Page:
We need to train a large brigade of well-informed and compelling speakers and educators ready to lead these public conversations in every corner of the country. We need spokespeople who reflect the diverse ethnic and gender makeup of Canada more accurately than our legislatures and government cabinets. Opinion research indicates that people want passionate and charismatic speakers who are seen as ethical, knowledgeable and non-partisan, and who talk less about economics and instead appeal to our collective humanity and values.

Canada needs a Climate Emergency Information Board

We need a new, well-resourced climate communications agency — a Climate Emergency Information Board (CEIB) ­— modelled on the Wartime Information Board.

A CEIB could lead and co-ordinate an ambitious program of public education and engagement, an extensive and sustained effort designed to secure the support and involvement of Canadians in the climate mobilization. The agency could produce and disseminate captivating information to ensure the public possesses the climate knowledge it needs. It could guide people to meaningful individual and community action, and offer popular resources for how to adopt low-energy and sustainable lifestyles.

A CEIB could produce informational materials in all forms (videos, print, social media, radio, etc.) and multiple languages, and develop an ambitious and ubiquitous advertising program; recruit and train trusted experts to speak on the issue in the media and to public audiences; and convene citizen assemblies and town halls. The agency could also partner with news media and broadcasters to develop climate programming (I’ll have more to say on that subject in a future column), and partner with educational institutions (secondary and post-secondary) to enhance climate understanding.

As noted, every great mobilization needs the arts, and the climate mobilization is no different. Mobilizations need to appeal to our hearts as much as our heads. A CEIB should therefore enlist, empower and fund the arts and culture sector to help educate and inspire Canadians about our climate objectives. We need the arts to bring that picture of a good new life into focus. We need to be invited not only to think about how to practically decarbonize our lives, but also to reflect on what kind of people we want to be, and how we wish to be remembered in this task of our lives. That latter task isn’t well suited to technical climate policy experts — it’s a job for artists, writers and creators.

Given eroding public trust in political institutions, the work of a CEIB needs to be strongly evidence-based and its spokespeople non-partisan. The agency will require political independence and accountability to an independent body of experts. Its activities should be guided by trusted climate scientists, social scientists, and experts in behavioural psychology and cultural shifts, and informed by expert understanding of how to combat misinformation, as outlined by the Canadian Council of Academies’ recent panel on the socioeconomic impacts of science and health misinformation. The agency should be staffed by people skilled in climate communications and public engagement. And the CEIB would require a significant budget.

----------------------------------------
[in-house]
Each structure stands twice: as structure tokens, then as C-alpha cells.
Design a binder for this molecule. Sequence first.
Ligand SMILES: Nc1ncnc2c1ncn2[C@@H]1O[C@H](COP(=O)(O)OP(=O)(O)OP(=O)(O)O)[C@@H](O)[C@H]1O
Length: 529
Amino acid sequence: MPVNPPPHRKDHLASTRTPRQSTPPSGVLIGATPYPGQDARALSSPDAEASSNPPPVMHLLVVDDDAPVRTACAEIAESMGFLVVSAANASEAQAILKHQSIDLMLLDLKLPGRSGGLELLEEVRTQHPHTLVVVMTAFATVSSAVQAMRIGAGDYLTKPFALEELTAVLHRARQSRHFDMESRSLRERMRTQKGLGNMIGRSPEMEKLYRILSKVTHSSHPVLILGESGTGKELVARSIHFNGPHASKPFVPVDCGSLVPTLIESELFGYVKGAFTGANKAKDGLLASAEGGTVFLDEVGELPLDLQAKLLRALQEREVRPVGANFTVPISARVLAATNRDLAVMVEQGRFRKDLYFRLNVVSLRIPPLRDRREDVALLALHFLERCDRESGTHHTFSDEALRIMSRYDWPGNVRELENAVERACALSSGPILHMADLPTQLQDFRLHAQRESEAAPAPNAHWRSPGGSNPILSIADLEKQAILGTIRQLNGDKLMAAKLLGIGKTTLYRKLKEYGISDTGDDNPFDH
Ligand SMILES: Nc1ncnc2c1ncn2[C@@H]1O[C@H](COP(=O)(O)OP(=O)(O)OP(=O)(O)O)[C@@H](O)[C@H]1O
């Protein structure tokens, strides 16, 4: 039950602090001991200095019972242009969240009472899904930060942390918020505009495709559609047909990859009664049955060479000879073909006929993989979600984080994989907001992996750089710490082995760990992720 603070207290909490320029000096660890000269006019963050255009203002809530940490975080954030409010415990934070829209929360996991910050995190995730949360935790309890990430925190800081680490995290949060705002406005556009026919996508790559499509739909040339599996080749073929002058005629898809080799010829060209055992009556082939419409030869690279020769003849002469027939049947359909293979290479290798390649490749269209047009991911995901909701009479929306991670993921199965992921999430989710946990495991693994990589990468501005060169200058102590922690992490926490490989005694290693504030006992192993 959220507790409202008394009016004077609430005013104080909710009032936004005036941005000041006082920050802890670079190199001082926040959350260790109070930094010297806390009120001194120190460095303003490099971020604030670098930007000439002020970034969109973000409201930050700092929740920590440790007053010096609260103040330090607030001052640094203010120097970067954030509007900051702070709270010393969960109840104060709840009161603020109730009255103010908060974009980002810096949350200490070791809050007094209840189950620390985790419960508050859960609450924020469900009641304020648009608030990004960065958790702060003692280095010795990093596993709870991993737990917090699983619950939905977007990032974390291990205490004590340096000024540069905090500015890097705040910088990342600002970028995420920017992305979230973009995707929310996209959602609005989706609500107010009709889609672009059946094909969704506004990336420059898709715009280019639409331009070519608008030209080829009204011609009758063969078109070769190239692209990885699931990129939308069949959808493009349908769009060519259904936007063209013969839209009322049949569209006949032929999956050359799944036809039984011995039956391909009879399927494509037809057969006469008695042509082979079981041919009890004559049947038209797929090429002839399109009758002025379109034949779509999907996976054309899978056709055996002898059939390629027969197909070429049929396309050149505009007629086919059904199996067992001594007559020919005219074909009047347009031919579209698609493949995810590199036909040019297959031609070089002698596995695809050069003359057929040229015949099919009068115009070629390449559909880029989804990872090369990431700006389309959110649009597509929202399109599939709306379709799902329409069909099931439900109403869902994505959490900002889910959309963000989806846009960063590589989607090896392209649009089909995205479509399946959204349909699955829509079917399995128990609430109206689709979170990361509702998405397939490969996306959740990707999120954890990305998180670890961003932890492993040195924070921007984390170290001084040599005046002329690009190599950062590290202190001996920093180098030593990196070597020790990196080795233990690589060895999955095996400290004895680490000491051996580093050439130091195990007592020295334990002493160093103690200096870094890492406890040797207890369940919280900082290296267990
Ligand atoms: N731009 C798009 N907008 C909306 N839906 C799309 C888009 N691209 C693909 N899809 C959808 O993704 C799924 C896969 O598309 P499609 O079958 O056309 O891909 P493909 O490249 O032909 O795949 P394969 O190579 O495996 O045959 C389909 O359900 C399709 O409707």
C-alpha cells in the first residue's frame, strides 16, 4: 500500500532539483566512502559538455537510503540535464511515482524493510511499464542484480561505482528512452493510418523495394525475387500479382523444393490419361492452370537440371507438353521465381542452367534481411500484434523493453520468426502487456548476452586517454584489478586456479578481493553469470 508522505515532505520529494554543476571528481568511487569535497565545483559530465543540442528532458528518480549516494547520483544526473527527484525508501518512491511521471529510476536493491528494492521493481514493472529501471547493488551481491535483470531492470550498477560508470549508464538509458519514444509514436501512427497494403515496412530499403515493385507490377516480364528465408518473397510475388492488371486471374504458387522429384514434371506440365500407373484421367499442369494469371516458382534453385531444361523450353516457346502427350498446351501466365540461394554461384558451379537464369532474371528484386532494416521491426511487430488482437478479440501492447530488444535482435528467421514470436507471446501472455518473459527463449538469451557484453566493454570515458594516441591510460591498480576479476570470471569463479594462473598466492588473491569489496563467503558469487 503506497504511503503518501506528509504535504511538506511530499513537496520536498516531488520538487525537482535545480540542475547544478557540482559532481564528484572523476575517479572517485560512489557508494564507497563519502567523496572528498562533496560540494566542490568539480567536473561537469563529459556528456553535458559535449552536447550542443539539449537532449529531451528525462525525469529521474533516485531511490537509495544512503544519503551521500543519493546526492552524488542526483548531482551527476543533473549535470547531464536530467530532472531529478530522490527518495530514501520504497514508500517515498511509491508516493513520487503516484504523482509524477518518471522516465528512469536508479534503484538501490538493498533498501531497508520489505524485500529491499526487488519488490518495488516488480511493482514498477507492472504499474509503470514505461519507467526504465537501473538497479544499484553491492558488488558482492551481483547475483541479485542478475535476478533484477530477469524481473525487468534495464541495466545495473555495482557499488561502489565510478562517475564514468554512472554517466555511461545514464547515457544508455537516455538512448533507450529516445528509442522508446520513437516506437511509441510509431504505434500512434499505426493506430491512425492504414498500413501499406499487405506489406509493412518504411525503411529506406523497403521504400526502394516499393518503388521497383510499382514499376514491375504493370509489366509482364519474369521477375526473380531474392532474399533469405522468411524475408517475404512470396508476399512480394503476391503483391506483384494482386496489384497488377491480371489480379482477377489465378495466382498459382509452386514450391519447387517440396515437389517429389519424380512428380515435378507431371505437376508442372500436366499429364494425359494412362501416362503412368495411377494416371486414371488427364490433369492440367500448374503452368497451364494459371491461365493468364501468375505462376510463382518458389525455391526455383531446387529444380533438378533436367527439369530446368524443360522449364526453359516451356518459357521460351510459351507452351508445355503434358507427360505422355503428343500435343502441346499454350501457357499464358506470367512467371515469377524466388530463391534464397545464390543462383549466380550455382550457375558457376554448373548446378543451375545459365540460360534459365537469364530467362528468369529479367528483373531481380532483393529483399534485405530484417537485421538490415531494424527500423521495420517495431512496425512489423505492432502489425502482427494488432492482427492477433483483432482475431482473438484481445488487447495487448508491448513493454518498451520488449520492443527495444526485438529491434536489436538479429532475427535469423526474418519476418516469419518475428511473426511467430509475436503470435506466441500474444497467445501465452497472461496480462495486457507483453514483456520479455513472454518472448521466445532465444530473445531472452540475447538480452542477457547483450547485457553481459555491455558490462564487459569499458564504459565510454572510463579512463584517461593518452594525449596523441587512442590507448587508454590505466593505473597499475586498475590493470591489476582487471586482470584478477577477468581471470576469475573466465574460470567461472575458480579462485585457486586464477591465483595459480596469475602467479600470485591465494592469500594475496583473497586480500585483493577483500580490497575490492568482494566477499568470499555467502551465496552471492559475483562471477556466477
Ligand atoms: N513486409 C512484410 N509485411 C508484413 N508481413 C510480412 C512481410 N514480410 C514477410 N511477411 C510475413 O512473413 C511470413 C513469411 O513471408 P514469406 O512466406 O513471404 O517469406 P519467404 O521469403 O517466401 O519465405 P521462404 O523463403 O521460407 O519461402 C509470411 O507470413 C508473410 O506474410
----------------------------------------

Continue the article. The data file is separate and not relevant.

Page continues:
Overall, the CEIB’s spokespeople and public information need to communicate a delicate balance of threat and hope — just as occurred during the Second World War. We need a robust agency that speaks forthrightly about the emergency because failure to communicate that we are heading toward catastrophe leads to complacency. And Pollyanna messaging is no longer credible; people need to hear that this transition will involve some hard work. But we also need our leaders and spokespeople to tell us that accomplishing this task is possible — that we have collectively achieved great things before, and can do so once again.

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You're brilliant and inspiring Seth. We'll see if we can incorporate some of this messaging into our activism in Thunder Bay.

Thank you for this and I agree that we need to start treating Climate Change like the emergency that it is. I like your idea of a Climate Emergency Information Agency which is independent from government and which has independent government oversight.
As a retired educator, I've been involved in Climate Change education (off and on) for the past 25 years or so: in the schools, my community, presentations to local government etc. Anyone remember the One Tonne Challenge? I don't feel like any of it had much impact.
I agree that many Canadians are not well- informed about Climate Change. They've heard about it on the news, but they don't know enough to connect the dots to actions in their daily lives. Many who are informed feel powerless.
I would suggest that, for starters, a high school Climate Change course be required for every student in every Canadian province and territory.

Yes...a great starter. Why won't it happen...? I can think of several reasons.

The analogy of WW2 and the climate crisis is very apt, and our historic capacity and will to make changes isn't in question. One critical difference is that Canada had never linked itself with the Nazi government, whereas Canada has generously funded and supported fossil fuels and continues to do so, even well after the point at which we came to know it is a global suicide manoeuvre.